In 2017 under then-Gov. Scott Walker, Foxconn, a Taiwanese manufacturing giant, and the State of Wisconsin agreed to build a $10 billion LCD screen electronics manufacturing plant in southeastern Wisconsin, projected to add 13,000 jobs to the Wisconsin economy.
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Earlier this month, two UW-Madison graduates, Lisa Parks and Rebecca Sandefur, were awarded the prestigious MacArthur “Genius Grant” Fellowship for 2018. The MacArthur Fellowship is awarded every year to individuals with great potential, dedication and creativity in the hopes they will use the $625,000 grant to further their original and innovative pursuits. For both Parks and Sandefur, the fellowship is an exciting and unique opportunity to develop and expand their research interests and projects.
A scientific paper detailing detection methods of dark matter and words like electrons, neutrinos and muons thrown about—these are things expected in a physics lecture or in the office of a physics professor at UW-Madison, but perhaps not at all expected in a local Madison art gallery. However, thanks to a collaboration between the Wisconsin IceCube Particle Astrophysics Center (WIPAC), the Arts+Literature Laboratory (ALL) and local artists, writers and high school students, UW-Madison IceCube physics research has been transformed with art, poetry, film and music to create the LAB3 project—a multidisciplinary effort that produced a gallery of artwork transporting visitors to galaxies far, far away and to emotions close and near to the human heart.
Welcome back to Sciencecast, the Daily Cardinal's science podcast series. In our second episode of our Public Health series, my co-host Lauryn and I are joined by Dr. James Conway, an infectious disease expert at the UW School of Medicine and Public Health. We discuss the various aspects of immunization and vaccination efforts in the US and abroad, as well as how infectious diseases like the flu can spread rapidly, as it did this past winter in one of the US's most severe and widespread flu seasons.
What’s the difference between tap water and bottled water?
In 1967, the citizens of Earth were treated to a fantastical image: the first photograph ever showing Earth and its swirling white clouds with the moon in the same frame. This photograph, taken by NASA’s Application Technology Satellite I, was made possible through a collaboration with UW-Madison professor Verner E. Suomi, who became known as the “Father of Satellite Meteorology.”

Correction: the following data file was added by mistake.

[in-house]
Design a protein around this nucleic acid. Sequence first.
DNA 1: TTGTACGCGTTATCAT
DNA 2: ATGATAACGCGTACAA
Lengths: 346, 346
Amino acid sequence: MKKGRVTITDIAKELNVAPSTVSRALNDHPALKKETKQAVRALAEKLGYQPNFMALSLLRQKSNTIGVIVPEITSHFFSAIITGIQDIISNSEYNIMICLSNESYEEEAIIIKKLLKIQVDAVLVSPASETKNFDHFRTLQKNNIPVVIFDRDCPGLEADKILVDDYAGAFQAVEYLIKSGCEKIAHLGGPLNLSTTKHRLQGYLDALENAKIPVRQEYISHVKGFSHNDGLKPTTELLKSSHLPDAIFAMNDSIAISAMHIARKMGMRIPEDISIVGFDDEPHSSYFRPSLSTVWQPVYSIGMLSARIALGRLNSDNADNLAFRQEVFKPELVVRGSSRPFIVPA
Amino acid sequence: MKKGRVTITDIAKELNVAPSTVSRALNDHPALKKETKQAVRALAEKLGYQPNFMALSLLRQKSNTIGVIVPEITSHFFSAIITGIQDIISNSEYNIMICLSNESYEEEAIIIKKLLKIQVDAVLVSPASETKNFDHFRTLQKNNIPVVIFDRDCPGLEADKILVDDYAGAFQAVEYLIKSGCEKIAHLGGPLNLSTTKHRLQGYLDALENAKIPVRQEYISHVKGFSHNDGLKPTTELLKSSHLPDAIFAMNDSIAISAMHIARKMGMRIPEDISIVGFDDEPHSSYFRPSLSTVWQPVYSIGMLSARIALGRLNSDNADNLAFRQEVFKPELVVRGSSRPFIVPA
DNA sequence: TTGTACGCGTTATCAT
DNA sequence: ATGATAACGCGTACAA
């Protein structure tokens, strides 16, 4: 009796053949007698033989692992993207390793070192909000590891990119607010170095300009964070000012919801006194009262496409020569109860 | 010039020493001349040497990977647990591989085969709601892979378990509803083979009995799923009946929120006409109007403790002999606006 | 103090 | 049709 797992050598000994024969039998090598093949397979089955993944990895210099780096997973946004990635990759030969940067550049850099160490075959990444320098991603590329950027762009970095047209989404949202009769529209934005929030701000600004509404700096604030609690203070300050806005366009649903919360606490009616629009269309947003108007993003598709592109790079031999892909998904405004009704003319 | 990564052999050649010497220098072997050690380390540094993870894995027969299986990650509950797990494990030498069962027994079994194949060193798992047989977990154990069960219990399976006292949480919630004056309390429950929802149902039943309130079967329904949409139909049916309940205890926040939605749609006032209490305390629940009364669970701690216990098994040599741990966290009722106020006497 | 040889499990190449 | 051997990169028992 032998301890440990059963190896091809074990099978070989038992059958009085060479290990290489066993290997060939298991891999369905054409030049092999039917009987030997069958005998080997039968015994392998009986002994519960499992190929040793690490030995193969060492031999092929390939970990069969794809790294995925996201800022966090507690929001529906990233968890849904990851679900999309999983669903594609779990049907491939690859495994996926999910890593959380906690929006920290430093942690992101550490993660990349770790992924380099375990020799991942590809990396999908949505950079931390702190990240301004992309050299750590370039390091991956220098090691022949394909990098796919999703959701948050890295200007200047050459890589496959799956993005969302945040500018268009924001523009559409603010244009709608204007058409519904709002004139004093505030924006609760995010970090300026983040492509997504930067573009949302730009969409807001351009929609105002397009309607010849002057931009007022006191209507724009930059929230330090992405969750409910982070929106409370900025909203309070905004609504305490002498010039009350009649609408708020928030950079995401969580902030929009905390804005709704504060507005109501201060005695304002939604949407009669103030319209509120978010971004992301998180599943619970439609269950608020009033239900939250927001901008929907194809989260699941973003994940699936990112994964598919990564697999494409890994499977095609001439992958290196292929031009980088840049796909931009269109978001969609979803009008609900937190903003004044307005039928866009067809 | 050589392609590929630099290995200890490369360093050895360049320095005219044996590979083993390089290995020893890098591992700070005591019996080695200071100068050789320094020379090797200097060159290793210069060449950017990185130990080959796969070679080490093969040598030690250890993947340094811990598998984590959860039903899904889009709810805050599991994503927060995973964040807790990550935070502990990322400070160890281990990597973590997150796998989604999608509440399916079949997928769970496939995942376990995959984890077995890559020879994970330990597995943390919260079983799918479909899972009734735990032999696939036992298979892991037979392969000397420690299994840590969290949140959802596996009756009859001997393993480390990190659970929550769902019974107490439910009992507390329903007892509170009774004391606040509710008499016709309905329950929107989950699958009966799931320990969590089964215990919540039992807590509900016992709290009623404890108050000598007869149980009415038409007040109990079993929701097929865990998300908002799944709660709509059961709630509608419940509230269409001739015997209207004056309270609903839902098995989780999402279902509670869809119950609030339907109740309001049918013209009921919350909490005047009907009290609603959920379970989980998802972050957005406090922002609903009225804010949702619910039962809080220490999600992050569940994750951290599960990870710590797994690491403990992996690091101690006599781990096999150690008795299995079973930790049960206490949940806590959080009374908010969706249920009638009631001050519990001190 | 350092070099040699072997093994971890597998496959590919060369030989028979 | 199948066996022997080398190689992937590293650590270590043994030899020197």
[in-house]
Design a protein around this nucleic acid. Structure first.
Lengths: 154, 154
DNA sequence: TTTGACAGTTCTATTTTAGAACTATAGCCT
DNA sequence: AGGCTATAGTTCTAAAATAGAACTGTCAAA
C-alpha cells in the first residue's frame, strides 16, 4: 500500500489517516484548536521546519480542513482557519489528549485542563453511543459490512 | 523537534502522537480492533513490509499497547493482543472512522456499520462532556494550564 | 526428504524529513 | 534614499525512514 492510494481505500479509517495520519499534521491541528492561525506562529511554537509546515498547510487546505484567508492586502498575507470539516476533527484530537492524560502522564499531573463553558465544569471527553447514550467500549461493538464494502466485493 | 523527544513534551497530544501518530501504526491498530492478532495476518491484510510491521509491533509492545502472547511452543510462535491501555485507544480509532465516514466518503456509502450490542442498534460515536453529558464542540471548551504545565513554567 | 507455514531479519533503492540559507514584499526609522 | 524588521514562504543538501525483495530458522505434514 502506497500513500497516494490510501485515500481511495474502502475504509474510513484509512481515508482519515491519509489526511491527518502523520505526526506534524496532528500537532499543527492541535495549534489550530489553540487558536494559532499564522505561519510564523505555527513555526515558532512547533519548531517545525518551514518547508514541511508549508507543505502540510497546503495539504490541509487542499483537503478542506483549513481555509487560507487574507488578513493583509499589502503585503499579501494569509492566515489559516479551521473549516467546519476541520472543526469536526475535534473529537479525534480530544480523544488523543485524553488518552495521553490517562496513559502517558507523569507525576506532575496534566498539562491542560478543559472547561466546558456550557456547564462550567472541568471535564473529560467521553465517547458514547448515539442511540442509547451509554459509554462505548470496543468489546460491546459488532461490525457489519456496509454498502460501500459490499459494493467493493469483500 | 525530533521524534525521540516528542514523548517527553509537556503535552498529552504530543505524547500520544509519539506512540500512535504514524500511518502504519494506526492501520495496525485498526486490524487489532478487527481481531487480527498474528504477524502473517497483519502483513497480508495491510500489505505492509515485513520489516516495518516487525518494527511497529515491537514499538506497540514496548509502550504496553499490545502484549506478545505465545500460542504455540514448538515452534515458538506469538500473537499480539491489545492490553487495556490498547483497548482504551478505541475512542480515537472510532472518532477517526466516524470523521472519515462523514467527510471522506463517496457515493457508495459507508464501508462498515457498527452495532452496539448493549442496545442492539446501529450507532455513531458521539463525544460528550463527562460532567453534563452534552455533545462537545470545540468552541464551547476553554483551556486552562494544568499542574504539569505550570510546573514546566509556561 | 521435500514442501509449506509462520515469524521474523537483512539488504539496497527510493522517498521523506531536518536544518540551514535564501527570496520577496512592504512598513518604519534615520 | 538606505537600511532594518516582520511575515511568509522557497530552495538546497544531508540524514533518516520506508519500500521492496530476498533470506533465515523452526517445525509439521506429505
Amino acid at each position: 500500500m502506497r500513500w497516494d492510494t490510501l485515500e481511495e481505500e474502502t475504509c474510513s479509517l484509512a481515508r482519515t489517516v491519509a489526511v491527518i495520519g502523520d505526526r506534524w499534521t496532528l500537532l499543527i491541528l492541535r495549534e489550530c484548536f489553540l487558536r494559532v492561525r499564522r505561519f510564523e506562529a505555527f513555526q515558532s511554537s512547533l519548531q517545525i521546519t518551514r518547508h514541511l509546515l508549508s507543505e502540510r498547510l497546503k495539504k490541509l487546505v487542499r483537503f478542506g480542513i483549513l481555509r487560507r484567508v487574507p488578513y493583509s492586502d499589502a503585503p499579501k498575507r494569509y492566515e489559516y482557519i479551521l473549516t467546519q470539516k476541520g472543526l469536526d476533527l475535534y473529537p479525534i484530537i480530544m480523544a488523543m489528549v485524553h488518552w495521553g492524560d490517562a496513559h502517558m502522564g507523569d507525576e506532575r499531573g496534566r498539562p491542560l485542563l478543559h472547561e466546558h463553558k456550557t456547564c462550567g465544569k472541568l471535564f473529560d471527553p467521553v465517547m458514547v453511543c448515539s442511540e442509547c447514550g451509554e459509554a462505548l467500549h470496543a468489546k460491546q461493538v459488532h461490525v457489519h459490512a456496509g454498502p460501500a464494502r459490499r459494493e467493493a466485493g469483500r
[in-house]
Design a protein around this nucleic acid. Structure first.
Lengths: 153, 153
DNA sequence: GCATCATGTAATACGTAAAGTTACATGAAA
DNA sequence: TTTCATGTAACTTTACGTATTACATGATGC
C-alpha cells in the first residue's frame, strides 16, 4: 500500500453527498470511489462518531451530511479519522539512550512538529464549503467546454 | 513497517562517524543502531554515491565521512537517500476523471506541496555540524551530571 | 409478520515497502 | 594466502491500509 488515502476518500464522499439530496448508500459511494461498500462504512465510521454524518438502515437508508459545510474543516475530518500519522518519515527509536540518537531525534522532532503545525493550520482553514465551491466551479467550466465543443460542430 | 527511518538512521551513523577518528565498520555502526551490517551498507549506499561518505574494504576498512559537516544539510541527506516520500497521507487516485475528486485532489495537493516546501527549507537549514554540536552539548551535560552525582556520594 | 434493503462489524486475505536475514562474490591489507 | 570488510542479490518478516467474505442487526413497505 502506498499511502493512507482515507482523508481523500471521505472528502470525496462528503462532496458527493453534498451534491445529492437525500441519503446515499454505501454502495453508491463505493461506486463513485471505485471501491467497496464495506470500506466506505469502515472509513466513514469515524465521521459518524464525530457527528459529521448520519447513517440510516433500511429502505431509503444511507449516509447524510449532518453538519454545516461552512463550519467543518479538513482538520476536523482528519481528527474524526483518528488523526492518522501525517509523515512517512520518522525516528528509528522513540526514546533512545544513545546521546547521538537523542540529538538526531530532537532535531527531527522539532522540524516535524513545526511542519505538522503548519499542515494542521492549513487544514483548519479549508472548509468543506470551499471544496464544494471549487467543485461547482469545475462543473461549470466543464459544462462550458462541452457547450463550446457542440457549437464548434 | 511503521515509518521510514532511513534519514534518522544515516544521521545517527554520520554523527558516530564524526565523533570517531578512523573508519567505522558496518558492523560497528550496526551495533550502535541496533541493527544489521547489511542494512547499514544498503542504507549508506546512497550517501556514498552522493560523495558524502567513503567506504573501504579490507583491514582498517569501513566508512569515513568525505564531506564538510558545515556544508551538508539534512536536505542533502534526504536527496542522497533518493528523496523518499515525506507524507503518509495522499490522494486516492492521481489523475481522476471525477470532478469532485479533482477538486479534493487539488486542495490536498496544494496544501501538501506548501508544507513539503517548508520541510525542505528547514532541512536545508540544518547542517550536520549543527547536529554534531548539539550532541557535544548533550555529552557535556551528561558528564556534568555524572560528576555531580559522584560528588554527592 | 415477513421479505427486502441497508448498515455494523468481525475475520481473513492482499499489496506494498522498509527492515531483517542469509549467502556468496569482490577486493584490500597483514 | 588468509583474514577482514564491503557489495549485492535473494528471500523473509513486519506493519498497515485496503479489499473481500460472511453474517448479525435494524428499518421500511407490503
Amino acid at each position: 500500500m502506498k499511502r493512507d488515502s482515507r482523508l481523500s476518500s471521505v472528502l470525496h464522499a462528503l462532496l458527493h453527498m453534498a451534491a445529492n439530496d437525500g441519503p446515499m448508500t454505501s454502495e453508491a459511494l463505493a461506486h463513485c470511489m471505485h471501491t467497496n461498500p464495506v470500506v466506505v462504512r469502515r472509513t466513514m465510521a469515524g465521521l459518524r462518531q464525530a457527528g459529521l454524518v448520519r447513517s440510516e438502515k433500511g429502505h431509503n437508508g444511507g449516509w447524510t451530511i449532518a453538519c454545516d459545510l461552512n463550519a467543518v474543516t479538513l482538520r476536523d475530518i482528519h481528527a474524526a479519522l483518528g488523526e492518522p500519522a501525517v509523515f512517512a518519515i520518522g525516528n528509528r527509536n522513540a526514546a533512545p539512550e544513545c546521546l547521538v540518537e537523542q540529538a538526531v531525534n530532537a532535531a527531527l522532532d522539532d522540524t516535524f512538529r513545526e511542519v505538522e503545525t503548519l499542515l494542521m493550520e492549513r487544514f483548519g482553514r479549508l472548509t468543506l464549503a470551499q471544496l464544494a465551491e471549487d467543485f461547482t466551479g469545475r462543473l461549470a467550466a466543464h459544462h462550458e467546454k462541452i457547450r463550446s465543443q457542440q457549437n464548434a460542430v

How do vaccines work?
According to the National Cancer Institute, 15 to 25 percent of cancer patients experience depression, often as a result of the stress and emotional impacts of being diagnosed and treated for cancer.
What's the deal with wisdom teeth?
Can your stomach explode from eating too much?
Why is some hair curly and some hair straight?
Do animals dream?
Welcome back to the third installment of Sciencecast, the Daily Cardinal’s science podcast series. Our theme is Public Health. Several times this semester, we will be exploring the various facets of public health through interviews with UW-Madison experts.
Where does pepperoni come from?
As the field of medicine expands, so too does the field of public health. Public health is the marriage of health and community. It studies how the community and environment influence the quality of life or the people who live there.
Why do we crave crunchy foods?
In a week, one of the summer’s most hotly anticipated events will arrive, as Americans everywhere finalize plans to travel to a 70 mile wide strip of land stretching from Oregon to South Carolina.
Where did the moon come from?
The Badgerloop team unveiled their latest pod on June 17 in the Engineering Hall to the public. This coming August, they will take their pod and travel to Hawthorne, California to compete in the SpaceX Hyperloop Competition II.
Where do beaches come from?